I think Gavin is right... we don't "add" strings, we concatenate them. 
Using the + operator to mean "concatenate" violates our eighth grade 
algebra sensibilities.  It's, um, surprising. 

Note that the often-awkward Perl uses . as a string concatenation 
operator, not +.  This is one of the things Perl got right and Ruby got 
wrong, imho.





dblack / candle.superlink.net
09/10/02 09:35 AM
Please respond to ruby-talk

 
        To:     ruby-talk / ruby-lang.org (ruby-talk ML)
        cc: 
        Subject:        Re: Larry Wall's comments on Ruby

Hello --

On Tue, 10 Sep 2002, nico wrote:

> On September 10, 2002 04:38 am, Gavin Sinclair wrote:
>
> > I'm not convinced that it's unnatural.  We don't know the types of a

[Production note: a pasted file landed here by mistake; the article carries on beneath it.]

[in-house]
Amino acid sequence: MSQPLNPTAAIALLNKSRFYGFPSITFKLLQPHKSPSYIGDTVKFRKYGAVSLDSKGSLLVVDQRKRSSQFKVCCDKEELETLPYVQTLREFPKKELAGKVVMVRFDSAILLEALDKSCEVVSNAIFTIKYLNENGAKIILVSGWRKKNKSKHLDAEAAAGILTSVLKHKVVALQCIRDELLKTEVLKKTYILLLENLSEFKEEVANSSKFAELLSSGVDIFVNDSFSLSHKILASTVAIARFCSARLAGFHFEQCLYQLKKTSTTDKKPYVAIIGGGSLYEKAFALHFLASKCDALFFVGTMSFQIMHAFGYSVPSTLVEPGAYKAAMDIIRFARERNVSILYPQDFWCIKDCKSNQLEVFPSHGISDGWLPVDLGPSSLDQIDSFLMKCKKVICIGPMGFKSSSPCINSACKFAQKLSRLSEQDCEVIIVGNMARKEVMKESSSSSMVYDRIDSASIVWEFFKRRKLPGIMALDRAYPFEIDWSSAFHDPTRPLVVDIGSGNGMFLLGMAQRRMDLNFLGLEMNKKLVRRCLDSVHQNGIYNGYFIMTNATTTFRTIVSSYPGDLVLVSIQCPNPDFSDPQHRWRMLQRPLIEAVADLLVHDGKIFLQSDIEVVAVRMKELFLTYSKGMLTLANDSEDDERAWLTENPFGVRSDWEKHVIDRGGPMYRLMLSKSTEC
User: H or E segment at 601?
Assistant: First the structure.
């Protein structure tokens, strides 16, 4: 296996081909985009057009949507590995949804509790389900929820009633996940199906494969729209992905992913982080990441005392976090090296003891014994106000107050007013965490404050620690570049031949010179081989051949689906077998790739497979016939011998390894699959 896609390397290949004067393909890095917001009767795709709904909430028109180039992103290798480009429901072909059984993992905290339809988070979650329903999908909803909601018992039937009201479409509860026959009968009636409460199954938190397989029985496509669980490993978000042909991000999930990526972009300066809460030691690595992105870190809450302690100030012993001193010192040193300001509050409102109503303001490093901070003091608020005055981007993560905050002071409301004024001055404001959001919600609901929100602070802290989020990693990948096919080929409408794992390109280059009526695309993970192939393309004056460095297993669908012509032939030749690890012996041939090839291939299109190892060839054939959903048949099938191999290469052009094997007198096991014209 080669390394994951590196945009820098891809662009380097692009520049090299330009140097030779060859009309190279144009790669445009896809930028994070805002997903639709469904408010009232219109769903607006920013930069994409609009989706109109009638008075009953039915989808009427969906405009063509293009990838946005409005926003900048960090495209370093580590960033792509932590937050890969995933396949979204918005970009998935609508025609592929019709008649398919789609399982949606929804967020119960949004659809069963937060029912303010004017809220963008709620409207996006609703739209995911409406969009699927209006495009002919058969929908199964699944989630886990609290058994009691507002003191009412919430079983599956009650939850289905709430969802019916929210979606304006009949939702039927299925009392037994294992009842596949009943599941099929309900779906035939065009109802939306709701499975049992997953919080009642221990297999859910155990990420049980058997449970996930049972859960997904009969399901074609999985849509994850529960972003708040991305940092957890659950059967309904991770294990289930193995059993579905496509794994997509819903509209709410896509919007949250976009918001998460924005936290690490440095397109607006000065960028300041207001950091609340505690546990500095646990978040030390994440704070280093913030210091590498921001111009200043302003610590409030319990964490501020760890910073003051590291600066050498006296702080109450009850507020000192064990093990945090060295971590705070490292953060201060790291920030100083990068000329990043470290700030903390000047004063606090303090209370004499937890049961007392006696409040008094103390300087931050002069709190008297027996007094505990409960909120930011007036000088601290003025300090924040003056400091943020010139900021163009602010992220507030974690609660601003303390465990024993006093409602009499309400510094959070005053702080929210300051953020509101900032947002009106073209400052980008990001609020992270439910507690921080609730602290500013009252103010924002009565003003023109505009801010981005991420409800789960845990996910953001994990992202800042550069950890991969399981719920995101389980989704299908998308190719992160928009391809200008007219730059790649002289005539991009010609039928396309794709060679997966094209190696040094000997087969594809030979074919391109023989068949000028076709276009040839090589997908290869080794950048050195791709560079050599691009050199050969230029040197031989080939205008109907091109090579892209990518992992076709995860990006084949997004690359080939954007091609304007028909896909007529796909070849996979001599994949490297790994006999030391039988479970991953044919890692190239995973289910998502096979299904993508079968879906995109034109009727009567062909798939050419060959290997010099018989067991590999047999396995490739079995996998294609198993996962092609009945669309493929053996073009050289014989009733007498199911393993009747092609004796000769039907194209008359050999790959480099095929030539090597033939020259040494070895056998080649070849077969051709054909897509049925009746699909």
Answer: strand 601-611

and
> > b, and for some objects a and b, a + b != b + a.
> >
> > I'm interested what you think the alternative is, or an argument 
against
> > the above, and how you would like to see a + b defined in Ruby.
> >
> > Gavin
>
> I find that highly unnatural because we've been learning since grade 
school
> that a + b = b + a.
>
> If the objects don't satisfy that property they should be using a 
different
> symbol.

On the other hand, in grade school you probably weren't adding
strings.


David

-- 
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